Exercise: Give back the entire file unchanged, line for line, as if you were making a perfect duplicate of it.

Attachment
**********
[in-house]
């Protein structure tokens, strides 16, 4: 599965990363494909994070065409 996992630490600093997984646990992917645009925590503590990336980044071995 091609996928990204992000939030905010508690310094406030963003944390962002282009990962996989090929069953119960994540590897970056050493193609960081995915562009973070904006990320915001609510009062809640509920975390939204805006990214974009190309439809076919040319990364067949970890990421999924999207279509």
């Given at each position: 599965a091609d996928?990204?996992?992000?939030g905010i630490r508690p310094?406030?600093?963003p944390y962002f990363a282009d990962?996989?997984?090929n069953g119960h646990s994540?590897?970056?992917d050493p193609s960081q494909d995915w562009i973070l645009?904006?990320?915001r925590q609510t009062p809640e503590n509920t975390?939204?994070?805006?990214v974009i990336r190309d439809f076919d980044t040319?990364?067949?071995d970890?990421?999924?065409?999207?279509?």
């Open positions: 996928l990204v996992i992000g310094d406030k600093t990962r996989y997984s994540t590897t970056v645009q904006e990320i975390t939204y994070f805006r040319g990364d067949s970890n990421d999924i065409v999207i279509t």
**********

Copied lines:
[in-house]
């Protein structure tokens, strides 16, 4: 599965990363494909994070065409 996992630490600093997984646990992917645009925590503590990336980044071995 091609996928990204992000939030905010508690310094406030963003944390962002282009990962996989090929069953119960994540590897970056050493193609960081995915562009973070904006990320915001609510009062809640509920975390939204805006990214974009190309439809076919040319990364067949970890990421999924999207279509």
């Given at each position: 599965a091609d996928?990204?996992?992000?939030g905010i630490r508690p310094?406030?600093?963003p944390y962002f990363a282009d990962?996989?997984?090929n069953g119960h646990s994540?590897?970056?992917d050493p193609s960081q494909d995915w562009i973070l645009?904006?990320?915001r925590q609510t009062p809640e503590n509920t975390?939204?994070?805006?990214v974009i990336r190309d439809f076919d980044t040319?990364?067949?071995d970890?990421?999924?065409?999207?279509?």
């Open positions: 996928l990204v996992i992000g310094d406030k600093t990962r996989y997984s994540t590897t970056v645009q904006e990320i975390t939204y994070f805006r040319g990364d067949s970890n990421d999924i065409v999207i279509t």